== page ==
As a child, Chip lived in fear of his father. He suffered abuse, and never knew what was going to ignite his father's wrath. Then suddenly, Chip learned that everything about his life was a lie. His name, his birthdate, everything. The man he knew as his father was not at all what he seemed, but was in fact a criminal. For the next several years, Chip would try to figure out who he was, where he came from, and what he would choose to do with his life.
Much like A Child Called It, this is a wonderful and terrible book all at the same time. Wonderful in composition and message, terrible in that it ever had to be written. It is never easy to read books about child abuse, but this one is a great story of empowerment. Chip chose to not remain a victim, but to instead become an advocate for others.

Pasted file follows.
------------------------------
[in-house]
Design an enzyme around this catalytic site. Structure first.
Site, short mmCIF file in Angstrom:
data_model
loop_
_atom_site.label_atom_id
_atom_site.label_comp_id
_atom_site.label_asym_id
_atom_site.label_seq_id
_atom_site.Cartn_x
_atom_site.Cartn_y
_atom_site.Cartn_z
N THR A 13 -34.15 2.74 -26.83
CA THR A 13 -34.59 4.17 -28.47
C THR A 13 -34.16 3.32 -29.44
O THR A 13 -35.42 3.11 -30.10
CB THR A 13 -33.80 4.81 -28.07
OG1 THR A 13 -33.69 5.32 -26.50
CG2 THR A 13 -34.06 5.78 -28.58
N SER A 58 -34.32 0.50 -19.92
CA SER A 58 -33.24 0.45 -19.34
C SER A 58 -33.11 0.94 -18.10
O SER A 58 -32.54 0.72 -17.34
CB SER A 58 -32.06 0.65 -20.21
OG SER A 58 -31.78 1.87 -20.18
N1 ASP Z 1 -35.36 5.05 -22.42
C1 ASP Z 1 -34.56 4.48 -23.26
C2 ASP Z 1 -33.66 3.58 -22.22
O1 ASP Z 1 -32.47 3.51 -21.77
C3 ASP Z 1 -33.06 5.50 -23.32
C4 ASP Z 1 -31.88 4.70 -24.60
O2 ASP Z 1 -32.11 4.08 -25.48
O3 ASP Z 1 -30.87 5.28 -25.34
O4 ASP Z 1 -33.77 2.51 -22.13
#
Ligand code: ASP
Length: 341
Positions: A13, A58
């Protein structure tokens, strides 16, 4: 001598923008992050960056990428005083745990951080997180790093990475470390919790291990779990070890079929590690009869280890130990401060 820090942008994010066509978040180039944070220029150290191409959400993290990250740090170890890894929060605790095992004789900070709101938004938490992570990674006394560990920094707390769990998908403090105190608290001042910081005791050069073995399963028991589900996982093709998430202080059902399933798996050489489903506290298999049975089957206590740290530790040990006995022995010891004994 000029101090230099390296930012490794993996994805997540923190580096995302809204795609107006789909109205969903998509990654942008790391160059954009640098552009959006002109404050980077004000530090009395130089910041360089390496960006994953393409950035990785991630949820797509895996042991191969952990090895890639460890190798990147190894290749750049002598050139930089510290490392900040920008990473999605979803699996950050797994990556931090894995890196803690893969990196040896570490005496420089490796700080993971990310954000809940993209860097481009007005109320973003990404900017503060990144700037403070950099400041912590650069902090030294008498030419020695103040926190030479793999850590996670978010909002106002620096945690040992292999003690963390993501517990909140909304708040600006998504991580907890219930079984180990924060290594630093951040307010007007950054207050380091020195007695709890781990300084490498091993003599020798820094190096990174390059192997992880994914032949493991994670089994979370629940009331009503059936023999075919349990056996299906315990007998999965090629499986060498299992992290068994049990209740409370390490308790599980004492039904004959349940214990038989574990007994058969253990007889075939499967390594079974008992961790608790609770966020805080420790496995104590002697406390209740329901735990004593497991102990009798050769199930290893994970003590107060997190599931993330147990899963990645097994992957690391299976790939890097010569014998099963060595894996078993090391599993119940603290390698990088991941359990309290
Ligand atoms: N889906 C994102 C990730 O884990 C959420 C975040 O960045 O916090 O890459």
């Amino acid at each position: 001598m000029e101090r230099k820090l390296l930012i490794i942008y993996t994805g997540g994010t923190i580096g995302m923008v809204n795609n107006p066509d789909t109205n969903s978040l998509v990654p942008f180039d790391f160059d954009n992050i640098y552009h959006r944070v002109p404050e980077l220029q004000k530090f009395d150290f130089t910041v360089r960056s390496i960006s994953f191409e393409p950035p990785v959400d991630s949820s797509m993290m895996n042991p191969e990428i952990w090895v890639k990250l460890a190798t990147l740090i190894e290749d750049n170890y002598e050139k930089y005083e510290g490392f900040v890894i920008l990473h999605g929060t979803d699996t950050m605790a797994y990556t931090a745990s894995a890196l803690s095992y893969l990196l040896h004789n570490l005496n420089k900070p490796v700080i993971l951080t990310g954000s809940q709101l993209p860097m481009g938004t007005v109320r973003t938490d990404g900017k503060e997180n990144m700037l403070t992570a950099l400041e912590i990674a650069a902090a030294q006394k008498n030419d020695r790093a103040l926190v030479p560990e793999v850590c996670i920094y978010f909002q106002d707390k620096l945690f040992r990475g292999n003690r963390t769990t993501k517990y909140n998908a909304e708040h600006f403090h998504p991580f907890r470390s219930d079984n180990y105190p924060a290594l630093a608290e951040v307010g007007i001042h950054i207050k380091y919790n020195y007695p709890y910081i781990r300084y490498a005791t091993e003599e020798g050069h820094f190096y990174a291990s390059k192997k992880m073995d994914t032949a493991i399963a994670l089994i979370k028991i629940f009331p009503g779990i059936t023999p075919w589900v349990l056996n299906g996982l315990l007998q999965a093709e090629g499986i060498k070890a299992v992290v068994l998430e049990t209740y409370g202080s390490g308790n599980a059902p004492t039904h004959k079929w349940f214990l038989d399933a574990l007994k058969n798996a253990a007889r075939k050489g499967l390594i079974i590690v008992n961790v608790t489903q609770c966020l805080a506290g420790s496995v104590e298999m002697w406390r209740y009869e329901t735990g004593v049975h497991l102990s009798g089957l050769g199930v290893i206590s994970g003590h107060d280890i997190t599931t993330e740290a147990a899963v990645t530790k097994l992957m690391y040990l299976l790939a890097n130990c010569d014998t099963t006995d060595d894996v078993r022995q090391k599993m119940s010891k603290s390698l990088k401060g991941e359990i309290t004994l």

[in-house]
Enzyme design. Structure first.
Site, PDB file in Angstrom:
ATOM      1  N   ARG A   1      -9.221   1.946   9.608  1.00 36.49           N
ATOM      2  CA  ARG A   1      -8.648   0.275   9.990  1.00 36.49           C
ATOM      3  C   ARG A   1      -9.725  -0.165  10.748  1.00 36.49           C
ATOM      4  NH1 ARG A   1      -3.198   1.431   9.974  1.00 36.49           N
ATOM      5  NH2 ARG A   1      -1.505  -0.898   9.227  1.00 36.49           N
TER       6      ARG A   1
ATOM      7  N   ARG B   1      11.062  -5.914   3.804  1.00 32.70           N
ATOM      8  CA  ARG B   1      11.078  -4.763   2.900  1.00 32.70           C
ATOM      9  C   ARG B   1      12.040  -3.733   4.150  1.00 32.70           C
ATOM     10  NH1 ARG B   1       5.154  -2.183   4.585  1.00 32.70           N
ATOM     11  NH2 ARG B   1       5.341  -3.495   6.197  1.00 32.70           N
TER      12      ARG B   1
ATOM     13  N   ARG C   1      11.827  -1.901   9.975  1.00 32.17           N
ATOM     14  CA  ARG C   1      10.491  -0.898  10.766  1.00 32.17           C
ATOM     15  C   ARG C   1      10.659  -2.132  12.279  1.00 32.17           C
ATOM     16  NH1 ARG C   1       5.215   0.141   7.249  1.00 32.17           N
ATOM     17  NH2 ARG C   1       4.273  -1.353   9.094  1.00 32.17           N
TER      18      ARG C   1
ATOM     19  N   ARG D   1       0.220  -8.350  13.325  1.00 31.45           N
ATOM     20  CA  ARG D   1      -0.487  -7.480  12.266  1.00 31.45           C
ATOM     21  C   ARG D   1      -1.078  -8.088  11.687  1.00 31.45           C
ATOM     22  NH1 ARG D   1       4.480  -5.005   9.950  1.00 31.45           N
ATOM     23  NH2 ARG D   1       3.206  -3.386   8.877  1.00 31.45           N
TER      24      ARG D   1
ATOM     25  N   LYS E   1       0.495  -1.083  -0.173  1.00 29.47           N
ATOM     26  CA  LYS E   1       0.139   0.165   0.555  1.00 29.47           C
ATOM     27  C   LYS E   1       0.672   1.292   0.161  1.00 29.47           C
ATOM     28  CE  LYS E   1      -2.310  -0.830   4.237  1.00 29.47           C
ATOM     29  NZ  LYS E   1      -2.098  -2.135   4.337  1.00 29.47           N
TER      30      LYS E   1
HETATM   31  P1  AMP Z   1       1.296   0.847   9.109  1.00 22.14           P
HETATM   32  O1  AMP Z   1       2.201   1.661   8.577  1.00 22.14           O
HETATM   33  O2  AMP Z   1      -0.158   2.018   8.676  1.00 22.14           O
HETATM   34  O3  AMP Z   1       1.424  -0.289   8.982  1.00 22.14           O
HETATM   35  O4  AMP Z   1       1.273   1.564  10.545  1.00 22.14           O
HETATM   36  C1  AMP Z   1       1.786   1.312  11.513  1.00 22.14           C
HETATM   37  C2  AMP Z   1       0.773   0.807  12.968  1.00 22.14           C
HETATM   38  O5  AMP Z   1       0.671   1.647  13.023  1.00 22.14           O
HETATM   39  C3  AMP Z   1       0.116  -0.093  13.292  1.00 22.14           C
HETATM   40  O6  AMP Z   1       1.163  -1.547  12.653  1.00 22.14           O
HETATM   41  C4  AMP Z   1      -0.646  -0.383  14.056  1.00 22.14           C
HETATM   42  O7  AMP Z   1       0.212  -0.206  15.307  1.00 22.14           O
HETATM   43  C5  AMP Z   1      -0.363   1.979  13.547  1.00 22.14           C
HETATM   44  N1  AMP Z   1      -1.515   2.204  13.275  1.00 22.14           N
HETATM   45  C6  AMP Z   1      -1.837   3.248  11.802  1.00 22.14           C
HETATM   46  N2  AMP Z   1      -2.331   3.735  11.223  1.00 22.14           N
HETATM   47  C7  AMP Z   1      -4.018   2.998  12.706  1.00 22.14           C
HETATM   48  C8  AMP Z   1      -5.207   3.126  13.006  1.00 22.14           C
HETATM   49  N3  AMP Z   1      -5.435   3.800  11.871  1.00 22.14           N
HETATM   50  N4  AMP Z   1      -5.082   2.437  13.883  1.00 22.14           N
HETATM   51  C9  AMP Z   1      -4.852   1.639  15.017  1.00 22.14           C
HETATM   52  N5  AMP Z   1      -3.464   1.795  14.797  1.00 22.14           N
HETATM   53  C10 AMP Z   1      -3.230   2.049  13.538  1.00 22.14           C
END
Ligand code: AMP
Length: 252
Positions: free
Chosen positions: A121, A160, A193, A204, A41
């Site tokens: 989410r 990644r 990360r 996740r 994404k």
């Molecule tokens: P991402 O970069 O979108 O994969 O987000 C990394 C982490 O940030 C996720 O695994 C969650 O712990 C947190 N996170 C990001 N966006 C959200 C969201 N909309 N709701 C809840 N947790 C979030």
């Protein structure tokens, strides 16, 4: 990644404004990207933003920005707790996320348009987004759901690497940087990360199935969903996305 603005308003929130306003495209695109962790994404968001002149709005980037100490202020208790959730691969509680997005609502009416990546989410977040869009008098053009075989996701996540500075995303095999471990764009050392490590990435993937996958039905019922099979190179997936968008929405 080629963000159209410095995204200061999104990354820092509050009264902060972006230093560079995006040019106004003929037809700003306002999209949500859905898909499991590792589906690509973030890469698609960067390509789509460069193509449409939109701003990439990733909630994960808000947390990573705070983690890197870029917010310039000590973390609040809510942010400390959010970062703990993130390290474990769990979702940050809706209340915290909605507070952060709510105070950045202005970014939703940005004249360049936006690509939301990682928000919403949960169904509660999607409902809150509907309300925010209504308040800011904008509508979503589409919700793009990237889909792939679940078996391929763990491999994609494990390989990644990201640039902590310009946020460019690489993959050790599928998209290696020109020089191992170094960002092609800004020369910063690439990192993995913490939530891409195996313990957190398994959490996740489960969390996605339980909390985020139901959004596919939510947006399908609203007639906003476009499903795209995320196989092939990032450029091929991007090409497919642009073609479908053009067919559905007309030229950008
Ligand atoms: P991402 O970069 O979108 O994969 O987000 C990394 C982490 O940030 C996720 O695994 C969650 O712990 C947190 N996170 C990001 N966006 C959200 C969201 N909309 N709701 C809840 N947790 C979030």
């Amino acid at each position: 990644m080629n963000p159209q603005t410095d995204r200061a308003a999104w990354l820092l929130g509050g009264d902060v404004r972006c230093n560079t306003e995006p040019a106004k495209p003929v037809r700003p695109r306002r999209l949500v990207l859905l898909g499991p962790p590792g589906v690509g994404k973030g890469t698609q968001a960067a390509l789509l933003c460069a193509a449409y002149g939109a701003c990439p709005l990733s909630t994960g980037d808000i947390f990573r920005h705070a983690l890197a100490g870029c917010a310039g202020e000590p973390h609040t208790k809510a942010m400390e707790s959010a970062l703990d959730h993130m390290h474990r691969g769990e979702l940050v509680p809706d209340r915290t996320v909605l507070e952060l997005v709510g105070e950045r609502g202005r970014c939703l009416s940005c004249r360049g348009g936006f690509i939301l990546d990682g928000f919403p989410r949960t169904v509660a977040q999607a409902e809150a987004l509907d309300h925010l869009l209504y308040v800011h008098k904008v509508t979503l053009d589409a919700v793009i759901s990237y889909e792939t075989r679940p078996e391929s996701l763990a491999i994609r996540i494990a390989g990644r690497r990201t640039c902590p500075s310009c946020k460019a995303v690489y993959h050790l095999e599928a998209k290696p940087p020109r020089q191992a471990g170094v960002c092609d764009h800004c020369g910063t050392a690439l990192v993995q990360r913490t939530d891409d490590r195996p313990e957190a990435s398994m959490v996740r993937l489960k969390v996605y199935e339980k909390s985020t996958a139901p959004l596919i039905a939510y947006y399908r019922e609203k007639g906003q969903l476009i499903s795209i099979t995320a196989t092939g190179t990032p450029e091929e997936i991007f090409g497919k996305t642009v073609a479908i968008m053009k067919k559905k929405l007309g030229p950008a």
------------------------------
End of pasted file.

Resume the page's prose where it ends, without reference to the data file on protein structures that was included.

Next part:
While the details of the situation were a little hazy in the book, I am sure there were some things that legally could not be disclosed. Perhaps someday another book, more in depth, can be written about the situation, to clear up some of the questions. But all in all I think this was an important story, one that needed to be told, and this book told it well. Any fan of memoirs will appreciate the book, and those who enjoyed Dave Peltzer's books will enjoy this as well.